Bjarke Ingels Group and Heatherwick Studio—the same design firms working on Google’s Mountain View, CA headquarters—are now moving ahead on the company’s new London offices. Unlike most of Google’s buildings, this one will be vertical—a 10-story structure that the two firms describe as a cross between a Silicon Valley startup garage and a London train shed.

“We’ve tried to create an interestingness that fits the scale and the community of King’s Cross,” the two firms noted in a statement released this week, of a project they say “couples clarity with eccentricity and anchors innovation with heritage.”

Google wouldn’t let the design firms comment directly, but a massing model released by BIG shows a wedge-shaped building that abuts John McAslan’s lacy, semi-circular addition to the King’s Cross train station’s Western Concourse. In recent years a massive redevelopment has transformed King’s Cross, on London’s North Side, into a burgeoning urban hub that includes 50 new buildings, 10 new parks, and 30,000 new residents. It’s a central part of London’s so-called Knowledge Quarter, which includes 75 research and innovation organizations within a mile radius of King’s Cross.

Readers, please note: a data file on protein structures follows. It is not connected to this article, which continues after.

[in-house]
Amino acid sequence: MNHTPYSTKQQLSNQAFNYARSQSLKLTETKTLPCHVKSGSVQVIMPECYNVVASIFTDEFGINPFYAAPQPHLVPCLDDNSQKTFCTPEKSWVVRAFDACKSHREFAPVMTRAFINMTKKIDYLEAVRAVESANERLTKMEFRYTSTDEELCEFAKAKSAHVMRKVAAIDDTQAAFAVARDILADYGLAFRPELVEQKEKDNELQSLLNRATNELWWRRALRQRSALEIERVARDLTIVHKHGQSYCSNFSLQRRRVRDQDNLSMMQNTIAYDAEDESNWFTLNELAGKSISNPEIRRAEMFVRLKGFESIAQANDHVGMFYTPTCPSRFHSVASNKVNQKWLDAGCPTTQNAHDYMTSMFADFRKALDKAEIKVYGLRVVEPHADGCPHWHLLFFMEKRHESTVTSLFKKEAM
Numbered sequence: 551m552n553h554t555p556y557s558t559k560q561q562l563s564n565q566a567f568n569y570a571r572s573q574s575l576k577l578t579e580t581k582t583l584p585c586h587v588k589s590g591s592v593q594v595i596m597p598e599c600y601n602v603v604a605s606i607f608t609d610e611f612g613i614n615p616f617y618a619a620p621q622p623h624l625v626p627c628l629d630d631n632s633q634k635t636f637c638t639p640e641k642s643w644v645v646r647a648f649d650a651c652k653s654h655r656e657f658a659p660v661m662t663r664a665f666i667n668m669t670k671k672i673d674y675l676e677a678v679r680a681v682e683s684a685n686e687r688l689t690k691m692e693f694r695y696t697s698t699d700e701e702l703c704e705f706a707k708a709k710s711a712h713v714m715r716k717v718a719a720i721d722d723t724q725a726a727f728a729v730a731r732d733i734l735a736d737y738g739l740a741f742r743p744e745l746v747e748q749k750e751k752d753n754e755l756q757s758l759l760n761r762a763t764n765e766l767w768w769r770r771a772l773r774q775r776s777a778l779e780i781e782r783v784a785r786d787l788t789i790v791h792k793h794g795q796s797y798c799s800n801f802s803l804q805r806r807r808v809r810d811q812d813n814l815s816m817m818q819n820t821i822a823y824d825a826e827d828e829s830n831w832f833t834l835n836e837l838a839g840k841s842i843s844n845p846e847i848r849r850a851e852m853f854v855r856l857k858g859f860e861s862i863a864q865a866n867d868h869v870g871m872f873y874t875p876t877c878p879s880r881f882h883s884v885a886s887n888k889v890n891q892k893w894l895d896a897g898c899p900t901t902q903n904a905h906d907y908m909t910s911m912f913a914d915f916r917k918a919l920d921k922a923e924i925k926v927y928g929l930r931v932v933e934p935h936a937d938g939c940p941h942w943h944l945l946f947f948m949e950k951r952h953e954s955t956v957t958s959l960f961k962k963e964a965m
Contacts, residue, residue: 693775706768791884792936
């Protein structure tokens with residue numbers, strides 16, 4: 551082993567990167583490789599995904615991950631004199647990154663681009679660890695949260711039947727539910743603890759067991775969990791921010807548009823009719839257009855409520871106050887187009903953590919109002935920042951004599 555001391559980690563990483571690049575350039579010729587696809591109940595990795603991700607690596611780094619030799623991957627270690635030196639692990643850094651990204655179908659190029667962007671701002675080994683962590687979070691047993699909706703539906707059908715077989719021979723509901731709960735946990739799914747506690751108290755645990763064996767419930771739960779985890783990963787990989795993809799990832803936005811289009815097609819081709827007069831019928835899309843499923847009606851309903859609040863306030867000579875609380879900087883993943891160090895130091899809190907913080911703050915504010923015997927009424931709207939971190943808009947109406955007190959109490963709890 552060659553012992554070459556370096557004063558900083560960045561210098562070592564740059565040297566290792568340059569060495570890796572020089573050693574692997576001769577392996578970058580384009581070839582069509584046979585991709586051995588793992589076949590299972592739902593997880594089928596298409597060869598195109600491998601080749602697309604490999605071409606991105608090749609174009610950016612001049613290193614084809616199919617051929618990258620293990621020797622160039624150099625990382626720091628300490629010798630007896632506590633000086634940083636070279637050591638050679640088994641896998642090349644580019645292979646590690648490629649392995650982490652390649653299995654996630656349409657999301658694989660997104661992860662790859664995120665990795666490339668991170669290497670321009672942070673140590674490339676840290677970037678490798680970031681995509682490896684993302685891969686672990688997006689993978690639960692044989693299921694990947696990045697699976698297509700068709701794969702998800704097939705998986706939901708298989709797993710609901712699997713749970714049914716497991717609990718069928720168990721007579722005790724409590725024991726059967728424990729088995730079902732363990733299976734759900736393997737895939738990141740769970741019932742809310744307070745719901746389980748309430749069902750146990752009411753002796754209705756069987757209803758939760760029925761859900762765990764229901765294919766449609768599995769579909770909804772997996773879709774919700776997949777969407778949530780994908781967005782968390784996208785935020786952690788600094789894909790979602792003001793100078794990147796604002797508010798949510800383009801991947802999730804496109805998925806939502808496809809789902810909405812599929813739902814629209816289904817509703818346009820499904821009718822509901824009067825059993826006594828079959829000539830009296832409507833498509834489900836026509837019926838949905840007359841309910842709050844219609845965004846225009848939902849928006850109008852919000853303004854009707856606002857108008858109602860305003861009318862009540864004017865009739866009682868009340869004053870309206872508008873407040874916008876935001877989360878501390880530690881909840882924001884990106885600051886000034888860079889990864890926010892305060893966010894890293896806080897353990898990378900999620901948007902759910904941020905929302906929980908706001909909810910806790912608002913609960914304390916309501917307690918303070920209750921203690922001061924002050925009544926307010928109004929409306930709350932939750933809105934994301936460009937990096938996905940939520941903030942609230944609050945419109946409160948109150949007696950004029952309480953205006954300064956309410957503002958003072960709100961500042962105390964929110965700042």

BIG and Heatherwick’s new edifice will be Google’s first purpose-built structure outside the United States. (The company often reuses existing structures.) It joins a growing Google campus at King’s Cross, which will eventually include three offices and house 7,000 employees in more than 1 million square feet of space.


And like most of Google’s buildings, it’ll likely be designed to keep those employees around as long as possible. A scrapped plan for the site by London-based AHMM featured rooftop gardens meant to encourage employee lounging, eating, and relaxation. An interior rendering of the new office shows a multi-level, open work space warmed by wood walls, internal plantings, and natural light.

Google has at times struggled to fit into new neighborhoods, its force of money and culture overwhelming its locality and driving up rents. It’s hard to say what impact it will have on this rapidly evolving part of London, but it’s tempting to look to Heatherwick’s other King’s Cross development, Coal Drops Yard, for clues. The firm transformed the former coal yard into a canal-side shopping area by stitching together two 19th century buildings by their curved, gabled roofs. This respect for history, combined with an audacious willingness to create something utterly new, is likely to be echoed in BIG and Heatherwick’s plans for Google. Both design firms are experts at nailing a place’s aesthetic. Whether they can do the same for its culture remains to be seen.

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